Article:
Keene State's Traveling Man Finds a Home
|He's bounced around for a while,
but Matt Schairer has found his spot at Keene State. "I'm a captain
here and I've never been a captain before," he said.
© Ryan Szepan
When do you know you're home?
For most of us, there will always be one location that stands out. It might be where you first rode a bike. Or where you backed out of the driveway. Or waved goodbye on the way to college.
The concept of home is a slightly different for Matt Schairer. Not that Schairer, a senior two-time captain for Keene (N.H.) State, has spent his youth moving from one New England house to another, but judging by his lacrosse career it would be easy to think that.
Schairer started his prep lacrosse career at Noble & Greenough, a private school in Dedham, Mass., but it was just a one-year stint. It was followed by two years at Medfield High School and then a final season at King Phillip (Wrentham, Mass.). There was also Schairer's one-year stint at Quinnipiac – a Division I program in Hamden, Conn. – to nearly round out his nomadic existence.
"I've met a lot of people along the way," said Schairer, with a chuckle. "I've got a lot of connections."
Nobles was admittedly a bad fit, but the success at Medfield was unquestioned. During his junior year, Schairer quarterbacked the Warriors to the Massachusetts state championship in football, as well as the state crown in lacrosse as the top-scoring attackman. But with his father Steve – the long-time head coach at Dean College – snagging the athletic director job at King Phillip, it was off to his third school in as many years.
Growing up in the backyard with his old man paid obvious dividends. Schairer's stick is sublime, and the coveted 'Lacrosse IQ' is off the charts.
"He is that quintessential old school player because of his dad's background," said Keene (N.H.) State head coach Mark Theriault. "He's a hard-working player; nothing flashy but he always seems to get it done."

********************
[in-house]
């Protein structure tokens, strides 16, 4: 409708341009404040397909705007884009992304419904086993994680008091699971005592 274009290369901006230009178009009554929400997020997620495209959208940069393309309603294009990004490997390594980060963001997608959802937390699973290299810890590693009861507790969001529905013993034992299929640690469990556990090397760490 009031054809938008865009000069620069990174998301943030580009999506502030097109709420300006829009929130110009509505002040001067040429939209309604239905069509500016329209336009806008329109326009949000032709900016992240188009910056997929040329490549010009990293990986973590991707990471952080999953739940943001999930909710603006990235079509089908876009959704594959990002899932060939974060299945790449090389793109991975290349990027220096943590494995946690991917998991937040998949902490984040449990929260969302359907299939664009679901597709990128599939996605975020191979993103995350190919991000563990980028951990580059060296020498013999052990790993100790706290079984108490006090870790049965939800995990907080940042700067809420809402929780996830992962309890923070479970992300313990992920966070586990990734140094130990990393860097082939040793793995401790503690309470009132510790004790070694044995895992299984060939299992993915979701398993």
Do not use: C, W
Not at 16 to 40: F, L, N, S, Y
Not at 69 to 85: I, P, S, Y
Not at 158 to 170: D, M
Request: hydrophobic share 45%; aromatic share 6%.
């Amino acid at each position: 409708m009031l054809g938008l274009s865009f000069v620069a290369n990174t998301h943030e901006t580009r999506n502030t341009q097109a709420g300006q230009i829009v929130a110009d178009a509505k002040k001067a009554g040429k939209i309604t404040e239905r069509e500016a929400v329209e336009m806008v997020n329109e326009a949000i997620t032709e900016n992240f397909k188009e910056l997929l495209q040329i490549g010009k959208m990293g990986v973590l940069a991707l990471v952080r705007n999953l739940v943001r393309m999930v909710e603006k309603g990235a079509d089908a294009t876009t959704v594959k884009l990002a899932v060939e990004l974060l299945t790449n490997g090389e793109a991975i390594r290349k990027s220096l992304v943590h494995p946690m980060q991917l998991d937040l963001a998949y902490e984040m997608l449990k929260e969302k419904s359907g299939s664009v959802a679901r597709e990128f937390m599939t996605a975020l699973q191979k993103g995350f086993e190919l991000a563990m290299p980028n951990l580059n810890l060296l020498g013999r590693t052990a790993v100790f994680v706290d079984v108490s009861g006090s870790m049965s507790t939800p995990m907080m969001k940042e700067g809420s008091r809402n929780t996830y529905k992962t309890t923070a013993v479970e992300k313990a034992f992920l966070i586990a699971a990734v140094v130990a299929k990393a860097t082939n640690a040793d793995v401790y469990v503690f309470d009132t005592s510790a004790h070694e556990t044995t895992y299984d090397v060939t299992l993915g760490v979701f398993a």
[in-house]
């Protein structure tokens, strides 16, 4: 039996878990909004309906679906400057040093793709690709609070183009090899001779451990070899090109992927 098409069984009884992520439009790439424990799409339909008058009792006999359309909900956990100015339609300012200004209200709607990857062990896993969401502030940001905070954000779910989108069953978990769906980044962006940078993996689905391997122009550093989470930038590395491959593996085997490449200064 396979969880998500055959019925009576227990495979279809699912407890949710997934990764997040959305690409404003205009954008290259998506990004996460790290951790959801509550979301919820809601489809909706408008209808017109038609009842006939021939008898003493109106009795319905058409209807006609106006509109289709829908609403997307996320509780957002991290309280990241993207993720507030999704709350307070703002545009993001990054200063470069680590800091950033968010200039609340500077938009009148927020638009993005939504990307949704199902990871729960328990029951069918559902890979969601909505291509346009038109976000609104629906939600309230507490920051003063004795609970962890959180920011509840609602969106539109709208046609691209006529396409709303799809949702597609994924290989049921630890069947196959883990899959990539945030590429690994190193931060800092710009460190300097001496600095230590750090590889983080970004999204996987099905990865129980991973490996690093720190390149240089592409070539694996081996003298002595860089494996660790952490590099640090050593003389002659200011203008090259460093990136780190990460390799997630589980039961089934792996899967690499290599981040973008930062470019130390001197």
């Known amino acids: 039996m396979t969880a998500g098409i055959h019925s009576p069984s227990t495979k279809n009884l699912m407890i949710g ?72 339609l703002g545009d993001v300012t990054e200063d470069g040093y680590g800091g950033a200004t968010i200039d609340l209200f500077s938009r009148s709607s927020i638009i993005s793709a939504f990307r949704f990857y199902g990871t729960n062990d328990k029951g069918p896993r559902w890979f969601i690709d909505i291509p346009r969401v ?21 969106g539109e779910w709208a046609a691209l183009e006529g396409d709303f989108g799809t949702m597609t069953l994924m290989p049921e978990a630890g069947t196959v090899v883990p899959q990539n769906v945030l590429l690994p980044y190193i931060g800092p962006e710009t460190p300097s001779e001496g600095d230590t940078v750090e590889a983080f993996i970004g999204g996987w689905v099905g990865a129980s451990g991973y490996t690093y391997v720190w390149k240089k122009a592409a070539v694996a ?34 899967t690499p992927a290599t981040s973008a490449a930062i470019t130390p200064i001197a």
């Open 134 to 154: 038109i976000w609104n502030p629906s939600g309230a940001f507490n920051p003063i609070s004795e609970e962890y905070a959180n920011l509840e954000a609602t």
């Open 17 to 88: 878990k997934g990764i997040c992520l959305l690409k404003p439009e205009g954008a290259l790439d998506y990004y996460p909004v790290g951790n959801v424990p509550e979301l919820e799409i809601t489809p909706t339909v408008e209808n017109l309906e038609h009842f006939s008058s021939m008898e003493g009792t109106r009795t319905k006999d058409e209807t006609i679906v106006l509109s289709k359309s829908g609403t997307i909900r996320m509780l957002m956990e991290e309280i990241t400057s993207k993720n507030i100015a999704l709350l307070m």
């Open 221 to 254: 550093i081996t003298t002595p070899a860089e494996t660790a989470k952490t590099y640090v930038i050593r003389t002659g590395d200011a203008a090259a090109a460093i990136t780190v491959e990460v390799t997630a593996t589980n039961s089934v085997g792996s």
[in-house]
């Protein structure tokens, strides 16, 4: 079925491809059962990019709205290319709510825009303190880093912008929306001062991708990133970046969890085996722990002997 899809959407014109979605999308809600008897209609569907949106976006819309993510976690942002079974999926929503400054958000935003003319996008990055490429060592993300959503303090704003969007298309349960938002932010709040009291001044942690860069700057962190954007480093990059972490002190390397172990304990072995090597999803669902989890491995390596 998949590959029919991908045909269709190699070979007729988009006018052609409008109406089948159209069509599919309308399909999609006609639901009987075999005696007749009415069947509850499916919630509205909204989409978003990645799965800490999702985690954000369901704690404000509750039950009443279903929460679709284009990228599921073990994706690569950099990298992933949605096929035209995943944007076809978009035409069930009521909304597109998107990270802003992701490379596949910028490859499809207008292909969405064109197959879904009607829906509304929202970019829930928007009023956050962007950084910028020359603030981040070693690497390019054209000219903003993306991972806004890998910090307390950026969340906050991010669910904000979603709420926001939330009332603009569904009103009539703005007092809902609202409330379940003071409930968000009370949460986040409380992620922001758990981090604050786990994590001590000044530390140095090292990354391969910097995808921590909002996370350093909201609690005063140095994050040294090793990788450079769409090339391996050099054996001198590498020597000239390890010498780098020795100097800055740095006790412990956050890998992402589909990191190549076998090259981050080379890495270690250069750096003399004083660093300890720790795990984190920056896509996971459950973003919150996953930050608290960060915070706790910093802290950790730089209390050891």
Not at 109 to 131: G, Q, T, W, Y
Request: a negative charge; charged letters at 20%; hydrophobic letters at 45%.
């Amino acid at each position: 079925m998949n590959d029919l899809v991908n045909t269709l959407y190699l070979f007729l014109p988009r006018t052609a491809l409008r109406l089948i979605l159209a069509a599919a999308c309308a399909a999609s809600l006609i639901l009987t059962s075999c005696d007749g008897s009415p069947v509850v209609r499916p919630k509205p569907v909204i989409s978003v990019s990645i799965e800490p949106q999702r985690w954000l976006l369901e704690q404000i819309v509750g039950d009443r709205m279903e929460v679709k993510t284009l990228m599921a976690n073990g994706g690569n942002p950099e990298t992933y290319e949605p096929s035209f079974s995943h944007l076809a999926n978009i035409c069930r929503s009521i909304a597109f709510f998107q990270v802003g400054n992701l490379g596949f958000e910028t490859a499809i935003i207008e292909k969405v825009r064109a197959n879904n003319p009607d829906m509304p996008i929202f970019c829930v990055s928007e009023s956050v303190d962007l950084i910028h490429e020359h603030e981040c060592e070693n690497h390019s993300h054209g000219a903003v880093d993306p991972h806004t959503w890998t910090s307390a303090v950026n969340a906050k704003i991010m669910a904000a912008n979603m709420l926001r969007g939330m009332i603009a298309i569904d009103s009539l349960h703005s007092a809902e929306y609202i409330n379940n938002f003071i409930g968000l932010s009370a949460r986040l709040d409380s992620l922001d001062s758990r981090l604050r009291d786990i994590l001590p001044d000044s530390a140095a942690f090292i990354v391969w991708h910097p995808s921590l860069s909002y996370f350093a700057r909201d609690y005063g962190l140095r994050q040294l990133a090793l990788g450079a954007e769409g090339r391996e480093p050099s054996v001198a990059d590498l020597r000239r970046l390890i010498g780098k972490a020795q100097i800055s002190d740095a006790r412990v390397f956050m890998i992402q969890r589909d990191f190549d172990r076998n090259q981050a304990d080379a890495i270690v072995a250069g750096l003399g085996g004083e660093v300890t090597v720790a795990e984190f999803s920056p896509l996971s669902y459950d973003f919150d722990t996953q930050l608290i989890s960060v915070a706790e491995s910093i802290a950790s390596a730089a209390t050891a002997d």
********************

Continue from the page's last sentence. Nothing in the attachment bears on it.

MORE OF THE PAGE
Before he arrived at Keene State, Schairer's skills made him attractive to Division I Quinnipiac. With the Bobcats struggling and his classmate, close defender Sean LeBlanc, bailing for Keene State, Schairer had to reevaluate things. He knew about Keene – his father coached Theriault back in his early days of post-grad club ball in Boston – so he gave it a shot.
"I liked Coach Theriault and thought he was the man," said Schairer. "I liked the school, so I decided to do it."
The impact was immediate. Schairer scored 60 goals and set up 25 others in 2010 – a number only behind his prolific classmate Griffin Meehan (69g, 36a). The same happened last year when Schairer (47g, 27a) fell in the shadow of Meehan (63g, 26a). Due to collegiate realities, Meehan is out of the mix this spring, meaning the show now goes through Schairer.
"He is a tremendous player and I love playing with him, and I'm sorry he's not playing this year beause he was an awesome teammate," said Schairer of Meehan. "We now have an opportunity to run it through a lot of different guys."
Instead of waiting for the offense to formulate via someone else, it'll be Schairer leading the way.
"He is very thoughtful about how he does stuff," said Theriault. "I think he'll do a fine job with that. Our whole offense is geared upon a bunch of people taking responsibility offensively rather than just Griff."
The heightened leadership role for Schairer is something he's been looking for since his freshman year in high school.
"It's nice to be comfortable," Schairer said. "I'm a captain here and I've never been a captain before. In high school, I was never a captain because I was always coming from a different place. I feel like I have a strong place on this team."
The team is very strong. The Owls have qualified for the NCAA tournament in each of Schairer's two years, and they are huge favorites to accomplish the feat again as the top squad in the Little East. The loss to Amherst in the '11 tourney still stings, and probably will for quite a while. As a captain, Schairer is looking forward to guiding the Owls past the first round, if only to thank the other players for accepting him into their program.
It's strange for Schairer to uncover that key bond now. Most lacrosse players find it early in their collegiate career. Schairer found it a lot later, but the satisfaction is the same.
"I'm happy to be at a place that I really enjoy," said Schairer. "Not that I didn't like the places in the past, because I did like all of them. It's just that Keene State has been a really good spot for me. I'm glad I found it."